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Wind And Solar Now Generate One-Tenth Of Global Electricity Global half-year electricity analysis

Wind And Solar Now Generate One-Tenth Of Global Electricity Global half-year electricity analysis


This report shows evidence that wind and solar have quickly increased to become a major source of electricity in most countries in the world, and are successfully reducing coal burn throughout the world. 

Ember’s new half-year analysis aggregates national electricity generation for 48 countries making up 83% of global electricity production. It builds on Ember’s annual Global Electricity Review, released in March 2020.

Main findings:

Wind and solar generation rose 14% in the first half of this year (H1-2020) compared to H1-2019, generating almost a tenth (9.8%) of global electricity. In the 48 countries analysed, wind and solar generation rose from 992 terawatt hours in 2019 to 1,129 terawatt hours in H1-2020That meant wind and solar’s share of global electricity has risen from 8.1% in 2019 to 9.8% in H1-2020; and their share more than doubled from 4.6% in 2015, when the Paris Climate Agreement was signed. Wind and solar generated almost as much CO2-free power as nuclear power plants, which generated 10.5% of global electricity in H1-2020 and whose share remained unchanged from 2019.

Many key countries now generate around a tenth of their electricity from wind and solar: China (10%), the US (12%), India (10%), Japan (10%), Brazil (10%) and Turkey (13%). The EU and UK were substantially higher with 21% and 33% respectively; within the EU, Germany rose to 42%. Russia is the largest country so far to shun wind and solar, with just 0.2% of its electricity from wind and solar.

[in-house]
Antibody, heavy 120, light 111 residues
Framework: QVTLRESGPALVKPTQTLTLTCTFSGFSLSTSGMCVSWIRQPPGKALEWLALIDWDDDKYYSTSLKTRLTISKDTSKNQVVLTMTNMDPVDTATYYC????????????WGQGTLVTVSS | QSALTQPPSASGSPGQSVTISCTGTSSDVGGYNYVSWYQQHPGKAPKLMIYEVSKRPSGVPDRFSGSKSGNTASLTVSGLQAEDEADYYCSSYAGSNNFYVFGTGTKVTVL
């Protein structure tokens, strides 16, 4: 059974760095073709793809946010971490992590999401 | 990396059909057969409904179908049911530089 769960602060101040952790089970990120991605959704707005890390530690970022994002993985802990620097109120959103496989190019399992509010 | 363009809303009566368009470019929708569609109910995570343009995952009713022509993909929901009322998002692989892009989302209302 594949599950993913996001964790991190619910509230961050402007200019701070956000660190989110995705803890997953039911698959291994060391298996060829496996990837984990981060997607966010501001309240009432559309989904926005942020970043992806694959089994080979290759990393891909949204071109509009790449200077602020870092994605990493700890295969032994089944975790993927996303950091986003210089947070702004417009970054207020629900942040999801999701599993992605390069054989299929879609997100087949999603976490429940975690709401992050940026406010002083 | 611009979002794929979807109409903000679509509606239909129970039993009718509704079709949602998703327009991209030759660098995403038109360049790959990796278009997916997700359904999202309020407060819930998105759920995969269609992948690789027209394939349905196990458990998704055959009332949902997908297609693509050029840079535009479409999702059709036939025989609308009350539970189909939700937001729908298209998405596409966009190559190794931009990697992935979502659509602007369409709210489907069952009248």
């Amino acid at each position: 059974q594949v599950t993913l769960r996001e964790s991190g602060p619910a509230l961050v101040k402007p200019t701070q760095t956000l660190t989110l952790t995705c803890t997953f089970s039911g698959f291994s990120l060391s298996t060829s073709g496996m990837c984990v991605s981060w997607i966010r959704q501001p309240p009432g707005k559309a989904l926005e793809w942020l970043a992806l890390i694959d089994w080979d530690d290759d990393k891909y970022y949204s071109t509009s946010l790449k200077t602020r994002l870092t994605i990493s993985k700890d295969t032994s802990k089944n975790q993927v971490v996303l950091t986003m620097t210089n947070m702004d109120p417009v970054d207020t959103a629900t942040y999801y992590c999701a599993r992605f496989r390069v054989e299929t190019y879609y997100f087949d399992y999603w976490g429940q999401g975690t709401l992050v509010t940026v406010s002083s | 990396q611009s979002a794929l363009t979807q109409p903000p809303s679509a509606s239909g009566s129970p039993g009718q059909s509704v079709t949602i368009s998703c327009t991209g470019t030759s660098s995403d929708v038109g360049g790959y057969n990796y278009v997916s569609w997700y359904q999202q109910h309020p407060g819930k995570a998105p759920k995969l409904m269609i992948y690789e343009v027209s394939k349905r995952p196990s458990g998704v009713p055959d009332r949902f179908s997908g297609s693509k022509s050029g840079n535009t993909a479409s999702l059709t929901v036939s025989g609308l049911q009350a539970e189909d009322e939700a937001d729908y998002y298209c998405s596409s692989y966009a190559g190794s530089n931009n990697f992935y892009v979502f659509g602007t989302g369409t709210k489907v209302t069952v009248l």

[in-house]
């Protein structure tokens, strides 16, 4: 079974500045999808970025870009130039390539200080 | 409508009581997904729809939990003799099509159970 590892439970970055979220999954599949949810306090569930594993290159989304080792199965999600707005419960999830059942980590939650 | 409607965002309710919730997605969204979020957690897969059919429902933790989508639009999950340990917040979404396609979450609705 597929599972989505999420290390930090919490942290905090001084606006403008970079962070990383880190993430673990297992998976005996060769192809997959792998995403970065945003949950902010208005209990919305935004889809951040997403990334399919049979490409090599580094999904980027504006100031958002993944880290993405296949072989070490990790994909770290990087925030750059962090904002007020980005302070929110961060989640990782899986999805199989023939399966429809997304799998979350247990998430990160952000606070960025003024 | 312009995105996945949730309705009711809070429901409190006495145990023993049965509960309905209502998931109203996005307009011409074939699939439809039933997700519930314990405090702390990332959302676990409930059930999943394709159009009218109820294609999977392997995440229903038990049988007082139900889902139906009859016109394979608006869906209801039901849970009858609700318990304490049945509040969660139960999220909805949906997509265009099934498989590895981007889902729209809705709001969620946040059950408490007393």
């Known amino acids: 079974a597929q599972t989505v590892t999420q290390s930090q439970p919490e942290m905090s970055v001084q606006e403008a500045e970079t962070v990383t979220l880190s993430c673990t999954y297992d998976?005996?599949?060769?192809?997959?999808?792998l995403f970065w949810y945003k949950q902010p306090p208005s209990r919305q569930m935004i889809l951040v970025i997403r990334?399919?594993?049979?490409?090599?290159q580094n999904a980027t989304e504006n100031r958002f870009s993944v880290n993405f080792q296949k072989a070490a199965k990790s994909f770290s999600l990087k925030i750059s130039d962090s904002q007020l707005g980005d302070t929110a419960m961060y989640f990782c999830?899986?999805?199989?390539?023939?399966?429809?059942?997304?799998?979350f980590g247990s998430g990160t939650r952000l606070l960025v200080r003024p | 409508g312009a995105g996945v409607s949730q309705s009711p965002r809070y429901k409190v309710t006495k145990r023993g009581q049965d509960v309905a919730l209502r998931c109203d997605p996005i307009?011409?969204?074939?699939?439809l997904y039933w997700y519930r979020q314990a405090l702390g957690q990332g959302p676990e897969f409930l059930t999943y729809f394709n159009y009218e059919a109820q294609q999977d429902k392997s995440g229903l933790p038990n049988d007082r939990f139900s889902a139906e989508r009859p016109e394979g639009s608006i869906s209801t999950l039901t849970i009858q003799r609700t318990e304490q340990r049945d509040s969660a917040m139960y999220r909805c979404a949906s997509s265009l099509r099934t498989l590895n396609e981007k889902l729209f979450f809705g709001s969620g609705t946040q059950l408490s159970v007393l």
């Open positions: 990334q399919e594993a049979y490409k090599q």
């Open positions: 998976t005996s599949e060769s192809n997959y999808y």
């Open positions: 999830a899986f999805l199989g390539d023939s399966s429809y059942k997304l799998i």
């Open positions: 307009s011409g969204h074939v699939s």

Global coal generation fell 8.3% in the first half of 2020, compared to H1-2019. This breaks a new record, following on from a year-on-year fall of 3% in 2019, which at the time was the biggest fall since at least 1990. The fall in H1-2020 is because electricity demand fell globally by 3.0% in H1-2020 due to COVID-19, as well as due to rising wind and solar. Although 70% of coal’s fall in H1-2020 can be attributed to lower electricity demand due to COVID-19, 30% can be attributed to increased wind and solar generation. The US and the EU are racing to reduce coal, with falls of 31% and 32% respectively. China’s coal fell only 2%, meaning its share of global coal generation rose to 54% so far this year, up from 50% in 2019 and 44% in 2015.

Wind and solar have captured a five percentage points market share from coal since 2015. Coal’s share fell from 37.9% in 2015 to 33.0% in the first half of 2020, as wind and solar grew from 4.6% to 9.8%. India’s change was even more dramatic: wind and solar’s share rose from 3% of total generation in 2015 to 10% in the first half of 2020; at the same time, coal’s share fell from 77% to 68%. For the first time, the world’s coal fleet ran at less than half of its capacity this year.

The global electricity transition is off-track for 1.5 degrees. Coal needs to fall by 13% every year this decade, and even in the face of a global pandemic coal generation has only reduced 8% in the first half of 2020. The IPCC’s 1.5 degree scenarios show coal needs to fall to just 6% of global generation by 2030, from 33% in H1-2020. The IPCC shows in all scenarios most of coal’s replacement is with wind and solar.


“Countries across the world are now on the same path – building wind turbines and solar panels to replace electricity from coal and gas-fired power plants. 

But to keep a chance of limiting climate change to 1.5 degrees, coal generation needs to fall by 13% every year this decade.

The fact that, during a global pandemic, coal generation has still only fallen by 8% shows just how far off-track we still are.

We have the solution, it’s working, it’s just not happening fast enough.”

Dave Jones

Senior electricity analyst, Ember

Source: ember-climate.org
Anand Gupta Editor - EQ Int'l Media Network